Does a clone have a soul?

Does a clone have a soul? God creates human who have souls, but when people create people, do they have a soul? Where do they go when they die? If a clone is not considered to possess a soul, would it be permitted to clone a human being for merely its spare parts? Is Cloning permitted according to the Halacha?

A. Some years ago, the Israeli Chief Rabbi Lau offered an opinion on cloning. The Chief Rabbi said that although there is no specific prohibition in Jewish Law to utilize artificial genetics to reproduce a human being, it is entirely against basic Jewish conceptions to do so. “The Torah gave a specific dispensation for doctors to use their knowledge to cure, and even to lengthen life, but the formation of new life goes way beyond that. We have no permission to enter the domain of the Creator on questions of life and death.” He said that he does not know of one rabbi who permits genetic engineering in this manner.

The Chief Rabbi’s comments, although provocative, makes one wonder: Is the Halacha as obvious as the Chief Rabbi thinks? Perhaps the matter is not as simple as Rabbi Lau. Continue reading “Does a clone have a soul?”

Appreciating the Ecological Principles of Leviticus

Leviticus always gets a bad rap when it comes to the students of the Bible. Granted, it’s not as interesting as the opening chapters of Genesis, but Leviticus possesses a rich tapestry of symbolism that most Protestant theologians tend to completely overlook. The slaughter of animals has no context outside the realm of holiness—especially as mirrored through the practice of the Jewish dietary laws. According to the anthropologist Mary Douglas, the laws of cultic purity serve to help impose God’s order and control in the world of creation. On some level, the dietary laws remind us about the sanctity of all life which demands from us humane treatment.

Unclean is not a term of psychological horror and disgust, it is a technical term for the cult, as commentators have often pointed out. To import feelings into the translation falsifies, and creates more puzzles. The technique of delayed completion postpones the meanings until chapter 17. At that point Leviticus commands the people not to eat blood, not to eat an animal that has died an unconsecrated death, that is, an animal that has died of itself, or an animal torn by beasts, presumably with its blood still in it (Lev 17:8-16; see also Deut 14:21). The dietary laws thus support the law against unconsecrated killing. The Leviticus writer’s reverential attitude to life, animal and human, explains the animal corpse pollution rules. ‘Thou shalt not stand upon [profit from] another’s blood’ (Lev. 19:16). The case of the animal’s blood and the case of the human’s blood are parallel. Ritual impurity imposes God’s order on his creation.[1]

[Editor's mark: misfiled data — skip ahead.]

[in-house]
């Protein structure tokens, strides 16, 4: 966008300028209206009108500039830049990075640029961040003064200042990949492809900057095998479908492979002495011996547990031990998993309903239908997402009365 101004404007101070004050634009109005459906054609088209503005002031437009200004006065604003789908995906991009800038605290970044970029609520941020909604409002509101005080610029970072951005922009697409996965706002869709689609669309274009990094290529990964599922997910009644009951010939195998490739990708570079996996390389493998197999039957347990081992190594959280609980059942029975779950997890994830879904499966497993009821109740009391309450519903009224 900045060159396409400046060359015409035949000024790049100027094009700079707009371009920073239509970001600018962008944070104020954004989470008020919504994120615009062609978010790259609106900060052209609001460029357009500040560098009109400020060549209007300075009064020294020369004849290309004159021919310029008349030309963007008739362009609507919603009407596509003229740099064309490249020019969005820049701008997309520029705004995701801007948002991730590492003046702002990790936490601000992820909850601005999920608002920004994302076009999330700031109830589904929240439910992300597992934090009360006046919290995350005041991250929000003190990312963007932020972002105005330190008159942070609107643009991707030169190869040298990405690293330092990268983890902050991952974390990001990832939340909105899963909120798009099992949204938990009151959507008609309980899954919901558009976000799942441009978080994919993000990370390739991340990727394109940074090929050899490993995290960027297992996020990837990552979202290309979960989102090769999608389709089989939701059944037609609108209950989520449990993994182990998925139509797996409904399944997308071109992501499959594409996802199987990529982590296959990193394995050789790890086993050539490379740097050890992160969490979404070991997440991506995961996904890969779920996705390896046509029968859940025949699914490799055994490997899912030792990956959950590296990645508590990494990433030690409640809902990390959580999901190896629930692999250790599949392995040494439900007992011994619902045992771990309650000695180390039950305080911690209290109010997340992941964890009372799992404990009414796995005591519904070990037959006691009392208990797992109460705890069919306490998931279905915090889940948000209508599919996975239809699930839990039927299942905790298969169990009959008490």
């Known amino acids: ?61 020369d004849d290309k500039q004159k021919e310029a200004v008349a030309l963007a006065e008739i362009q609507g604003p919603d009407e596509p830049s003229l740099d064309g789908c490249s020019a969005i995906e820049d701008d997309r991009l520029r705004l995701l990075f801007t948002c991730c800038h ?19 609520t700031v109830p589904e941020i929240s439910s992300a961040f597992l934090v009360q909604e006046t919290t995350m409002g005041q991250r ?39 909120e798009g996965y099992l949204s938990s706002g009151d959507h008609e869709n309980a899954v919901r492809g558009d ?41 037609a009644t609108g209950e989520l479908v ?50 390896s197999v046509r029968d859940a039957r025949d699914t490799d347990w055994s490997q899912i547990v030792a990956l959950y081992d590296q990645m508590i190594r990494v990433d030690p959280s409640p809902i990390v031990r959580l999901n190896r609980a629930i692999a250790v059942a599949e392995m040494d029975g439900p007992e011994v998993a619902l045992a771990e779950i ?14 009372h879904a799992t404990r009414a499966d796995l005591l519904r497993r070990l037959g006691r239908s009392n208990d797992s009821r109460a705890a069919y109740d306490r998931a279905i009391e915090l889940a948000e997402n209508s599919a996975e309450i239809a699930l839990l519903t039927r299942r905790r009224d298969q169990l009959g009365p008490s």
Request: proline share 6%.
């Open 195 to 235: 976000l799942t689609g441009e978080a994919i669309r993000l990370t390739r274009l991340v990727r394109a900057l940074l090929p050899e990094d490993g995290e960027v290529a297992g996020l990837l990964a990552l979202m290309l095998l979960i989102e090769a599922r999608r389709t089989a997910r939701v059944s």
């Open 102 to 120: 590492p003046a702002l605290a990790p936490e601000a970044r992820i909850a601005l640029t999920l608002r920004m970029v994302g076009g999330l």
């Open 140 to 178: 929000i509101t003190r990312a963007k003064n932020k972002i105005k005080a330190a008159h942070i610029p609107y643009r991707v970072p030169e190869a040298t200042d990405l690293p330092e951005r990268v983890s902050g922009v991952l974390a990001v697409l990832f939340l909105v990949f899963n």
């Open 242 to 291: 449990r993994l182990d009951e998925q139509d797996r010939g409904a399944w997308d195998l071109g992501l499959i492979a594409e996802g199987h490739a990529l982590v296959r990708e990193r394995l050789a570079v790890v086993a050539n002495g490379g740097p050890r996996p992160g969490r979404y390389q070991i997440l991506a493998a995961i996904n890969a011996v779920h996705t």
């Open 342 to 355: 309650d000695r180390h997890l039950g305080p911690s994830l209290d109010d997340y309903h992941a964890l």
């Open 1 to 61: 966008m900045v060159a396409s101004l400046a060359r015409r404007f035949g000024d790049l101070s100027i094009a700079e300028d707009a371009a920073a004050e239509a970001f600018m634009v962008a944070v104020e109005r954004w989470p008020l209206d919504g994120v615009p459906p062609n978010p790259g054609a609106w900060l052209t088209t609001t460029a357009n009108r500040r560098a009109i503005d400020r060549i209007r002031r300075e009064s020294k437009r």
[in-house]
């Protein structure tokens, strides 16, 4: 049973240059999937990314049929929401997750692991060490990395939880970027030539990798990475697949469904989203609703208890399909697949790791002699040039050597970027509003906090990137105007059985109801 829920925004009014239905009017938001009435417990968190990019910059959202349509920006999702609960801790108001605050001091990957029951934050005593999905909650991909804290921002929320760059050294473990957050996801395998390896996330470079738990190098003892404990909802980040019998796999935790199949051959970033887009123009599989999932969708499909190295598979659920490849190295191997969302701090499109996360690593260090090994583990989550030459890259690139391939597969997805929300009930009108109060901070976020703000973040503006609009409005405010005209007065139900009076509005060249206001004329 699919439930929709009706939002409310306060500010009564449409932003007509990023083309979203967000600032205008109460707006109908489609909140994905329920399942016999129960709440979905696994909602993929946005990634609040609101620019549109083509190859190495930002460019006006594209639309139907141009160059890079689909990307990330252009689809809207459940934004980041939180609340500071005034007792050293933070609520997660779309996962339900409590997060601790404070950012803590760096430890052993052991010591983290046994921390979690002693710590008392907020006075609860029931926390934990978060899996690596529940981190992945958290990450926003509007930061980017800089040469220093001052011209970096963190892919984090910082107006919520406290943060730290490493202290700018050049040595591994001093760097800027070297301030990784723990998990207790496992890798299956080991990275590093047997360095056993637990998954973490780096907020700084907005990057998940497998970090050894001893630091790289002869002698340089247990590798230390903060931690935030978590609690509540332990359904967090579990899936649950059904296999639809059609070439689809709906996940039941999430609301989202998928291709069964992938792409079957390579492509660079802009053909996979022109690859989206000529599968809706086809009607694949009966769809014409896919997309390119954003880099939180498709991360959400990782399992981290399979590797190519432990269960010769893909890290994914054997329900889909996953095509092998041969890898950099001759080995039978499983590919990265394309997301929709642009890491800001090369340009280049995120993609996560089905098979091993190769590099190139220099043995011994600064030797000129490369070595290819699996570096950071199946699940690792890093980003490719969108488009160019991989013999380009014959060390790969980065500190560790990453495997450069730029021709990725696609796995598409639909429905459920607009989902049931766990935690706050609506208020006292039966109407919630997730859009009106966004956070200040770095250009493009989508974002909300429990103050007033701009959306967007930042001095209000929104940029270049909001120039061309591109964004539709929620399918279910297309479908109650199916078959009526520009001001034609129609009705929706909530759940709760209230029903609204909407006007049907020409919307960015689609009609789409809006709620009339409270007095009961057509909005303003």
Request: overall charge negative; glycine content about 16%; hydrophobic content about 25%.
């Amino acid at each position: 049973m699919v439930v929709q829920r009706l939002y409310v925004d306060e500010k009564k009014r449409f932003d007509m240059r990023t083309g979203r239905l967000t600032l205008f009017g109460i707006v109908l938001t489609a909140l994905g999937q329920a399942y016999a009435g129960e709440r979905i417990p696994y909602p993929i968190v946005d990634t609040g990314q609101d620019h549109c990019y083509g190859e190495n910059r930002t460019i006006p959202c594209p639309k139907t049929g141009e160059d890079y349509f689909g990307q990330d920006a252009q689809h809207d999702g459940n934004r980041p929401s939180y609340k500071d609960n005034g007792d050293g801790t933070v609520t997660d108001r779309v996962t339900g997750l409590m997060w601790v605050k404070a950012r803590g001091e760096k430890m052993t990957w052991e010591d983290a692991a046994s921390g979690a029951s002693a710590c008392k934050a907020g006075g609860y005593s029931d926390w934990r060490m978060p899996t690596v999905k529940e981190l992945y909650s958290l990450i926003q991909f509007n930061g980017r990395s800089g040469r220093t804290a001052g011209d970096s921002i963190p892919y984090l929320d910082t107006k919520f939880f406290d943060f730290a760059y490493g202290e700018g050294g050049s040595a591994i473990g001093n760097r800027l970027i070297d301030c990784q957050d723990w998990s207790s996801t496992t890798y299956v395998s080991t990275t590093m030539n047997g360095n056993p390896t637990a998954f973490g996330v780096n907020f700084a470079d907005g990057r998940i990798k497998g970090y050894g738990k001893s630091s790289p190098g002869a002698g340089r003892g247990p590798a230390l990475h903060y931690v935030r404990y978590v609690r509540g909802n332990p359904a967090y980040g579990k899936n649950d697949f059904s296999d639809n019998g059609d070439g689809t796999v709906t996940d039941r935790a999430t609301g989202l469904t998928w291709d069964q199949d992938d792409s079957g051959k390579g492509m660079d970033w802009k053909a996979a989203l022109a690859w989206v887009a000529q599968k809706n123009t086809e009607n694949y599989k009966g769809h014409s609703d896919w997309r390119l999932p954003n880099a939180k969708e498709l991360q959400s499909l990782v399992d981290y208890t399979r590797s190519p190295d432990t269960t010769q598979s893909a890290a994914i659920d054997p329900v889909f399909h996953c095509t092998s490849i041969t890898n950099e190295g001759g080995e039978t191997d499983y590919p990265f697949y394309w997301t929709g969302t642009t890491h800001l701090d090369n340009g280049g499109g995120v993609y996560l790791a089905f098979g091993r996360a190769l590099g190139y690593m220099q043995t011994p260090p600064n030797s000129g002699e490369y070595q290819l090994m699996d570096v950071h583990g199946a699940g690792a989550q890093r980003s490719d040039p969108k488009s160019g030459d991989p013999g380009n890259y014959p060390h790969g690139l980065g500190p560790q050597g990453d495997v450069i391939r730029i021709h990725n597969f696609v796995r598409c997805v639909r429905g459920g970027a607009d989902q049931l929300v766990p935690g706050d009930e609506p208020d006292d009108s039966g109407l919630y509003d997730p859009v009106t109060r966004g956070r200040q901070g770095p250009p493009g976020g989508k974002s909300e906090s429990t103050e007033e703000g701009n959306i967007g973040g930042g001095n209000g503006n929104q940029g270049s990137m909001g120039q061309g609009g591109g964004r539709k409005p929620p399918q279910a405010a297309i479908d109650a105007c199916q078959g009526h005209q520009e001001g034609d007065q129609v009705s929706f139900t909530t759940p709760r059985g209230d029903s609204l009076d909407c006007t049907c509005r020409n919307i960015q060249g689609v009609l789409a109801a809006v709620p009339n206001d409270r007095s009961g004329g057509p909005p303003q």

The fact is the Levitical laws protect the vast number of animals, limiting the permitted species to just a few species. The anthropologist, Mary Douglas writes in the introduction of her classic study on the dietary laws of Leviticus:

The religion of Leviticus turns out to be not very different from that of the prophets which demanded humble and contrite hearts, or from the psalmists’ love of the house of God. The main new feature of this interpretation is the attitude to animal life. In this new perspective, Leviticus has to be read in line with Psalm 145:8-9: the God of Israel has compassion for all that he made. His love for his animal creation lies behind his laws against eating and touching their corpses. The flocks and herds of the people of Israel are brought under the covenant that God made with their owners, and the other animals benefit from the promises he made in Genesis after the flood, that he would guarantee the regularity of the seasons and the fertility of the ground. The more closely the text is studied, the more clearly Leviticus reveals itself as a modern religion, legislating for justice between persons and persons, between God and his people, and between people and animals.[2]

The Bible frequently is accused of endorsing a theology of “dominion” and is blamed for all the ecological woes of our time. Nothing could be further from the truth. Leviticus teaches us that we cannot act toward creation with indifference. Jewish exegetical history has a very strong pro-ecological attitude that contemporary scholars ought to seriously study before criticizing a religious tradition they know so little about.


[1] Leviticus as Literature (New York: Oxford UP, 2000), p. 151.

[2]Ibid., pp. 1-2.

Questions with regard to the afterlife.

Q My cousin said to me that when we pass away, we automatically go to heaven. I have searched the Talmud and cannot seem to find anything like that at all. Would you please tell me where I can find this or any reference to us going to heaven?

A It seems to me your grandfather was referring to a famous Mishnah found in the beginning of the 10th chapter of Sanhedrin, which states:

Continue reading “Questions with regard to the afterlife.”